When someone asked what my job was, I used to tell them I was a “Consultant”. This was an accurate title. I worked with companies, largely on digital marketing, video, and product planning. I’ve stopped using the title, however, and should have given it up sooner.
A few years ago, a client told me I wasn’t a “consultant” because I was doing work. That may or may not have been true, but I should have changed my branding at that time. I kept the title because, to me, taking a consultative approach meant acting like a doctor.
If someone goes to a doctor, they don’t just say “give me chemo”. Good, heck, even mediocre doctors diagnose patients and give them possible treatment options. My goal was separating myself from the service provider whose proverbial service hammer causes everything to look like a nail.
Yes, if someone called me and said they wanted YouTube marketing, I was always happy to provide the service. But what I aspired to be was someone a company could call when they needed to know what services they should use.
The part of Miracle on 34th Street when the Macy’s Santa Claus is sending people to Gimbels rubbed off on me. An aspect of my career I’m proudest of is how many times I told someone they didn’t need a service they called me about. I felt the consultant moniker was the best way to convey the message of what I aspired to be professionally.
The word consultant has taken a hit recently with people on YouTube selling classes to teach everyone how to be a “consultant”. But honestly, it was never the best part of the business world. Even with all my analogies, appealing to authority of medical professionals, Kris Kringle and classic films, my experiences with consultants have been largely negative.
Often, I’ve worked on projects with a “consultant” who adds no real value and injects themselves into operations in ways that even hinder success. I joke that I will someday write a satirical book called “Sandbagging with a Smile: The Guide to Appearing Important by Forcing Everyone to Play a Game of Telephone.”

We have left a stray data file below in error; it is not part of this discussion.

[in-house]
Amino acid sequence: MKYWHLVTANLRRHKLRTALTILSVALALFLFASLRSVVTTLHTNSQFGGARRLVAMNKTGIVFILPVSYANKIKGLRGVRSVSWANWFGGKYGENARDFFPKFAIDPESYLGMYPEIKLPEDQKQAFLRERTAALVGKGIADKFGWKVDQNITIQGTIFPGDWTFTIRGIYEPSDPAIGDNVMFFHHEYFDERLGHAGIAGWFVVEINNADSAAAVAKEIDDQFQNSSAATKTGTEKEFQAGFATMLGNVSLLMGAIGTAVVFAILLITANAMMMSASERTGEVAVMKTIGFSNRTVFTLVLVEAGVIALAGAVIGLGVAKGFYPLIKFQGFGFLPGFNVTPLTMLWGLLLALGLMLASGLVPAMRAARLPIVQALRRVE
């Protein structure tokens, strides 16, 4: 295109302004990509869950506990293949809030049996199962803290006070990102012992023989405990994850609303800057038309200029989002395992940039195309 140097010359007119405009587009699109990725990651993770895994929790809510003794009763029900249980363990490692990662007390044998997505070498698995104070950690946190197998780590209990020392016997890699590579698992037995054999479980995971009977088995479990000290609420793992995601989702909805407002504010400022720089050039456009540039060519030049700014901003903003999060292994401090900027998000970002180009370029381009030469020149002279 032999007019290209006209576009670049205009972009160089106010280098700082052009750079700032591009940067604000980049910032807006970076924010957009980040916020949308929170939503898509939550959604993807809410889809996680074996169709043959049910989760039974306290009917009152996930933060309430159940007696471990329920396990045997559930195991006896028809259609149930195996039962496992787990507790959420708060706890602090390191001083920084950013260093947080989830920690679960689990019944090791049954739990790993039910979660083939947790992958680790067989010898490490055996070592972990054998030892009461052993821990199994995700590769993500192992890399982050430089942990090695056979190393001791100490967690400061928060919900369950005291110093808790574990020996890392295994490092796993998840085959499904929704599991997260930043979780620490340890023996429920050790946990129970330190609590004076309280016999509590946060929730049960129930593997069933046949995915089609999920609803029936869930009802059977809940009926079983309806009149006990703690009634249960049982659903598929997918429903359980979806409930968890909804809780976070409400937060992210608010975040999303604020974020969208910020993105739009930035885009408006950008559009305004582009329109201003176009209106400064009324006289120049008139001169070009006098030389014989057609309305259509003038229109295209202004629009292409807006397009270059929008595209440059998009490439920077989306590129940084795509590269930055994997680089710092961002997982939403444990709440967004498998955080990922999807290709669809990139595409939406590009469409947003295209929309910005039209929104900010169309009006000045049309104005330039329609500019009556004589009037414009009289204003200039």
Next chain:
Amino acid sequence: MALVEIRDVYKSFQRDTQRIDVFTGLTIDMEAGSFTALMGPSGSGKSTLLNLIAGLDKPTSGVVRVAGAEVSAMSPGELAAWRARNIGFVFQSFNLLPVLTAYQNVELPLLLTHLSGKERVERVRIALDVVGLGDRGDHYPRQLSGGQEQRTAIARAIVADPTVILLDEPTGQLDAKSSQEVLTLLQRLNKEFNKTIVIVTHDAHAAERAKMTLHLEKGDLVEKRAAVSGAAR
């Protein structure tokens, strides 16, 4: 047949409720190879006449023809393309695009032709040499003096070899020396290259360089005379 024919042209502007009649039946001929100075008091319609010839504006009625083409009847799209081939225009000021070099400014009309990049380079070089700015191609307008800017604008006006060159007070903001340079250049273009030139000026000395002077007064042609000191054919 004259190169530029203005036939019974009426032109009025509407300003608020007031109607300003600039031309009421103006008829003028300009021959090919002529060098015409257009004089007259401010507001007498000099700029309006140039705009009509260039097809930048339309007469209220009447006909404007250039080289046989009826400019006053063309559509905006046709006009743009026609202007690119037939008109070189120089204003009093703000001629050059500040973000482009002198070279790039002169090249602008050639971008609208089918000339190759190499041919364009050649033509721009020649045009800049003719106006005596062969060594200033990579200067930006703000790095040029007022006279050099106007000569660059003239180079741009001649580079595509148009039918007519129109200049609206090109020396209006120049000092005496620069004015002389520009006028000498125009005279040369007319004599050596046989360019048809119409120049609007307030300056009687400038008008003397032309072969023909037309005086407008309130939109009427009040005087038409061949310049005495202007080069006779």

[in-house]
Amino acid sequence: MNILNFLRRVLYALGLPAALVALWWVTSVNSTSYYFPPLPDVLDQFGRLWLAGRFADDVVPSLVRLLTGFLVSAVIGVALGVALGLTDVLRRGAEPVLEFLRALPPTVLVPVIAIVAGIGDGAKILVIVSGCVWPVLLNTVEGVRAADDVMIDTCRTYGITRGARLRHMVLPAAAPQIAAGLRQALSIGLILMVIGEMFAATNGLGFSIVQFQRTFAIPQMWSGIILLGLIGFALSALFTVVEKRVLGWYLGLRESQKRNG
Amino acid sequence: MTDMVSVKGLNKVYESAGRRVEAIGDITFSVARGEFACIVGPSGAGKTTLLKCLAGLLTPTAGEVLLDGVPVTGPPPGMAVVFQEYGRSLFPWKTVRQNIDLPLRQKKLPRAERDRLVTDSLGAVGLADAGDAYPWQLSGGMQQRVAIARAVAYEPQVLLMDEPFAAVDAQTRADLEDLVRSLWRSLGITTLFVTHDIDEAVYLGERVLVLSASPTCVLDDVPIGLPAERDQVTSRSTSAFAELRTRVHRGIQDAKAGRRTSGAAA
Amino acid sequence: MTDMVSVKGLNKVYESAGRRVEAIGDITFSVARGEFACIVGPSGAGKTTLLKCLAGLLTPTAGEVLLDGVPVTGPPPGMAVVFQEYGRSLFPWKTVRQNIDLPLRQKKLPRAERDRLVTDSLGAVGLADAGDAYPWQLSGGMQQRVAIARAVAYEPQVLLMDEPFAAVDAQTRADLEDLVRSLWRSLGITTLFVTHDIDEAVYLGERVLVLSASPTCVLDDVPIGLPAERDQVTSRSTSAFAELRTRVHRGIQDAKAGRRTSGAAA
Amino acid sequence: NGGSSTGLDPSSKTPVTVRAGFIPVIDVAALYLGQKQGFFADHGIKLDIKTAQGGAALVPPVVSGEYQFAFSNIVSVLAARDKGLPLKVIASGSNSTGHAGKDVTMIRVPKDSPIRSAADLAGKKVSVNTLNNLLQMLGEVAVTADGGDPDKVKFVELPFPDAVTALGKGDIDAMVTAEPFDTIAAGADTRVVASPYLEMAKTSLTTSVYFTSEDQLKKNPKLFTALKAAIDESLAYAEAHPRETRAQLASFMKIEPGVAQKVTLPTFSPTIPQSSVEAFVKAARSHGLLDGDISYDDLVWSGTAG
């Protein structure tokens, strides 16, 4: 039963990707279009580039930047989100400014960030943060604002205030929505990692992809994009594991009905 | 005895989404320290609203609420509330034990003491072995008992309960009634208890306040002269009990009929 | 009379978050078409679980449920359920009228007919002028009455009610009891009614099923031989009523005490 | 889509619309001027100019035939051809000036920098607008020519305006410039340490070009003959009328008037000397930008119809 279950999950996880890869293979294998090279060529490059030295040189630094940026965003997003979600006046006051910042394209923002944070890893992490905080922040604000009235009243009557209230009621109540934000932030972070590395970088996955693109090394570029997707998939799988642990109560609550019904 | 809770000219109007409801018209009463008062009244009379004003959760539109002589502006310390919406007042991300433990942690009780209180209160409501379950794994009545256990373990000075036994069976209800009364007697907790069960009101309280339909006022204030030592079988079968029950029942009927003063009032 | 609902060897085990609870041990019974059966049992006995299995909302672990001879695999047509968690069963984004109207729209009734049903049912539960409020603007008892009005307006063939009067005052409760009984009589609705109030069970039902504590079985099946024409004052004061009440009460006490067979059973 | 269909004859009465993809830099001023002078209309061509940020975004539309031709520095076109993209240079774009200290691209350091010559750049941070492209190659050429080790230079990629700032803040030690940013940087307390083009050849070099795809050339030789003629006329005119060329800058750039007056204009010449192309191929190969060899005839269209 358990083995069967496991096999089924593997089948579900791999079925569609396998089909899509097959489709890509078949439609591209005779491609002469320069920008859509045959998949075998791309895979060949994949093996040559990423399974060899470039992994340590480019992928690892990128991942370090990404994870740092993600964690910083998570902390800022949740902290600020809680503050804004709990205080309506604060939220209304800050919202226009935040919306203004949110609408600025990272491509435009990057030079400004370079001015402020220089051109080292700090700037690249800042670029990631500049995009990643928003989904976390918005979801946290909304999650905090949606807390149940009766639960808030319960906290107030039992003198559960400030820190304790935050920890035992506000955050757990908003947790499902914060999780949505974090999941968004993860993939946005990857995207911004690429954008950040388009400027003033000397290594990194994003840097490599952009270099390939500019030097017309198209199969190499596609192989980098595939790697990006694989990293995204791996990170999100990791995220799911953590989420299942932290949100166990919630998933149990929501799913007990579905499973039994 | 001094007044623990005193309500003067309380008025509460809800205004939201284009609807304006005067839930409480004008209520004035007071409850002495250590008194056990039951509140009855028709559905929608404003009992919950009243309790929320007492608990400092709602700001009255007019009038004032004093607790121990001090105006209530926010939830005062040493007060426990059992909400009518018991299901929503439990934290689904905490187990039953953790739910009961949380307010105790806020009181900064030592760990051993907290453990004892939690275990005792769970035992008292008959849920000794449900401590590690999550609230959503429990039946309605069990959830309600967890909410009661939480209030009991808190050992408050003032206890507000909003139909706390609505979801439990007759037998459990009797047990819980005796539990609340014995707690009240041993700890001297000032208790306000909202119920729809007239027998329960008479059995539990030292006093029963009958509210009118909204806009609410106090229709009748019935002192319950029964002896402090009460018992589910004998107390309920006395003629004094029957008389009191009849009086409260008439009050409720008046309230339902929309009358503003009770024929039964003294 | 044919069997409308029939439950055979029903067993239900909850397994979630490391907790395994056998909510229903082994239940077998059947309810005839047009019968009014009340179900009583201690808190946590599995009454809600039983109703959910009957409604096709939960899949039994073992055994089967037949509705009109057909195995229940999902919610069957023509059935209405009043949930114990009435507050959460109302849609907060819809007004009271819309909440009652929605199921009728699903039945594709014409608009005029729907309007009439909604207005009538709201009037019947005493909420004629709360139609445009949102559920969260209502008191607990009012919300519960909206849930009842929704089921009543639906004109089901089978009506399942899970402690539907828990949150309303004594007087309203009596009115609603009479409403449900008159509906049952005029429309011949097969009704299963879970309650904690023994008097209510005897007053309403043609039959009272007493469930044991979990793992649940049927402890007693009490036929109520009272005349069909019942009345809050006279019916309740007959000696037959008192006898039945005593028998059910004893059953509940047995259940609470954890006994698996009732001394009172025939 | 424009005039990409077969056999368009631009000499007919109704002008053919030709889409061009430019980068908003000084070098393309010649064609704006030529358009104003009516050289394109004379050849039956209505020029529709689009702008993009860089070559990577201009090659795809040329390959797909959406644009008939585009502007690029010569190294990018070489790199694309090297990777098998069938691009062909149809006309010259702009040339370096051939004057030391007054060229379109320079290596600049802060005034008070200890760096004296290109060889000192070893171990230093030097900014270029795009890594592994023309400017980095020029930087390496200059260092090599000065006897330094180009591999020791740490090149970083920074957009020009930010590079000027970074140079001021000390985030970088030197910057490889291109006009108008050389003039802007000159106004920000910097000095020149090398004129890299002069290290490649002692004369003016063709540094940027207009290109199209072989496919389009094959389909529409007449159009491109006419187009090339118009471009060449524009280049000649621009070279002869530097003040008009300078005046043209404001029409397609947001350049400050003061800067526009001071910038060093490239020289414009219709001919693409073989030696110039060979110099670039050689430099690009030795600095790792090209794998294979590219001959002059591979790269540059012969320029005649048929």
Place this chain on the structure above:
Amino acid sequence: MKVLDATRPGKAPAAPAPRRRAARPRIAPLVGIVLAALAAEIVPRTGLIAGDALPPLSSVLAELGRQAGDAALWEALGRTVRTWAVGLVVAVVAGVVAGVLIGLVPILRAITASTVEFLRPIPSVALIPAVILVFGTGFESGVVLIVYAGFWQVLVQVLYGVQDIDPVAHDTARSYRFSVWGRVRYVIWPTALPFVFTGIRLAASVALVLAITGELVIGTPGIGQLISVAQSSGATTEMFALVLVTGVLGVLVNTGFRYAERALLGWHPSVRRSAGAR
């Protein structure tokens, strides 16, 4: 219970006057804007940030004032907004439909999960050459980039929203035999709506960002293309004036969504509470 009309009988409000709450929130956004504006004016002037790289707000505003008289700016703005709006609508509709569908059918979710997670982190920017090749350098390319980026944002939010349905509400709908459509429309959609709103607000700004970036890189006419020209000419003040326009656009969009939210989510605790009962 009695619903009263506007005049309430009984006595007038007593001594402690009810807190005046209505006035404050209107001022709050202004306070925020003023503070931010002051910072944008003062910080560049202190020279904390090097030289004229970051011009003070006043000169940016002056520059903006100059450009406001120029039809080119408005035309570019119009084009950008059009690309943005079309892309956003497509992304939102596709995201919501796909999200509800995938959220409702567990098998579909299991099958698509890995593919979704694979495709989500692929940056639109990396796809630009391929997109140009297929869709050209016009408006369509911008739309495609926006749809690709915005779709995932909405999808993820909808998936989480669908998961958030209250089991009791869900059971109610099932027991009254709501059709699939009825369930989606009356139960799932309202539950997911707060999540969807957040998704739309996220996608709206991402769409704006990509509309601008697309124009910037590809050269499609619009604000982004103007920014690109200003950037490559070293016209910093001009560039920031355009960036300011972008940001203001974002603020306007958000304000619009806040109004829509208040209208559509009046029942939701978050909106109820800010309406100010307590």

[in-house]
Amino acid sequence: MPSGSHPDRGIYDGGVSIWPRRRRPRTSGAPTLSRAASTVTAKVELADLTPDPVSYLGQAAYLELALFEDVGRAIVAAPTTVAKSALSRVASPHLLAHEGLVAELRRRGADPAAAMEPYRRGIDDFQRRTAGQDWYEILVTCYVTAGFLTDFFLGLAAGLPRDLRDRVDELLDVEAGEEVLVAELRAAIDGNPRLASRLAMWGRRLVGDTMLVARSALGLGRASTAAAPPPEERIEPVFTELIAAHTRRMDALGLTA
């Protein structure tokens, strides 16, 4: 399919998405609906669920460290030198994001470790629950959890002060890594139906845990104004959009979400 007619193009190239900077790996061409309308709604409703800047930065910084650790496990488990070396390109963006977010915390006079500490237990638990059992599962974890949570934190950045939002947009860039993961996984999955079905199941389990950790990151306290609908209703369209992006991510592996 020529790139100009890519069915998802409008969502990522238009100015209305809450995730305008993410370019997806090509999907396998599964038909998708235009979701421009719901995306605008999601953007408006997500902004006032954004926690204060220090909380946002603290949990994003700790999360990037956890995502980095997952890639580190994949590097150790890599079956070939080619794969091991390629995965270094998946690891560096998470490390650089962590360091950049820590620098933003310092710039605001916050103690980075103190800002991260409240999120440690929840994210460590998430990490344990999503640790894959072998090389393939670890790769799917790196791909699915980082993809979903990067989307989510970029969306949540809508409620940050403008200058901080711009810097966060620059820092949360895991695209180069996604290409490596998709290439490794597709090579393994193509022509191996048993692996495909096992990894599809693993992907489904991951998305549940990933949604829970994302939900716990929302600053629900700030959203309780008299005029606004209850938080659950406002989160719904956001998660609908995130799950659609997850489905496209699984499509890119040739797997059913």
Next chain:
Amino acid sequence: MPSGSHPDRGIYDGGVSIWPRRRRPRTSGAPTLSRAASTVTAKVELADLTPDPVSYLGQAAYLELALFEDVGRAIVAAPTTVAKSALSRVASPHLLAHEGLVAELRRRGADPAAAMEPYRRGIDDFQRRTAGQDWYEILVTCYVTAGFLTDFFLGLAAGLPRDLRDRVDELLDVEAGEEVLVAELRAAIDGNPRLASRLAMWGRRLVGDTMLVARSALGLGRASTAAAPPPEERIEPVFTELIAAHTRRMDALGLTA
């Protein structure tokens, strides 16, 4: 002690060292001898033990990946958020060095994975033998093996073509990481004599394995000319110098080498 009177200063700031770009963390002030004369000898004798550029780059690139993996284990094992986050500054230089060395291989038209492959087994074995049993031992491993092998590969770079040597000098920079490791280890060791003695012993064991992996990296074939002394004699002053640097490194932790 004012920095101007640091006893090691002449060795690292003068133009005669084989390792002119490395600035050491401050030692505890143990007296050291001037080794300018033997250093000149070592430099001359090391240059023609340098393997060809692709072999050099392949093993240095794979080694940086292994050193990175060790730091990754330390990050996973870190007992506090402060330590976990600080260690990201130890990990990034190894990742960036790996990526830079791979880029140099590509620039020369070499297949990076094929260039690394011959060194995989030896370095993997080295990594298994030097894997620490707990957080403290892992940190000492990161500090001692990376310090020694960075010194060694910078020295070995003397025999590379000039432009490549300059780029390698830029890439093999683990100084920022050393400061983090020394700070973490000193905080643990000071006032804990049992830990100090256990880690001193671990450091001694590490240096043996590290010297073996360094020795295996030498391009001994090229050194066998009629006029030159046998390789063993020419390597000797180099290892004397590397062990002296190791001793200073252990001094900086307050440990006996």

Here’s an example of the bad side of consulting behavior. After I’d spent a few months designing and documenting this product I needed to hire a developer. I didn’t need design, or product management, just a programmer. When I asked around for introductions, my mind was blown by how many non-developers wouldn’t just make intros, wanting me to hire them to manage a developer they know.
The behavior I’m describing was purely parasitic. In only one case did the person trying to inject themselves into a 10-15 hour ruby project, have any background in product or project management. It was people who realized the referral fee on 15 hours of development would come to a lot less than adding 10 hours of “product management” trying to make a quick buck. No one was concerned about creating value or building good will.
I was so aware of the parasitic folks in consulting, that my branding at one point was that I was a “real consultant” not someone who’s only skillset was outsourcing work at a markup and holding account logins hostage. Basically, the same marketing play of used car lots, “used car salespeople are bad, but we’re different.” I should have given up the title sooner.
I’m still not sure what to call myself. I’ve used terms like “digital strategist” and “growth hacker” (I really went after the growth hacker branding) but those terms are unclear. Someday, I’ll figure out my own branding. For now, I am not a consultant.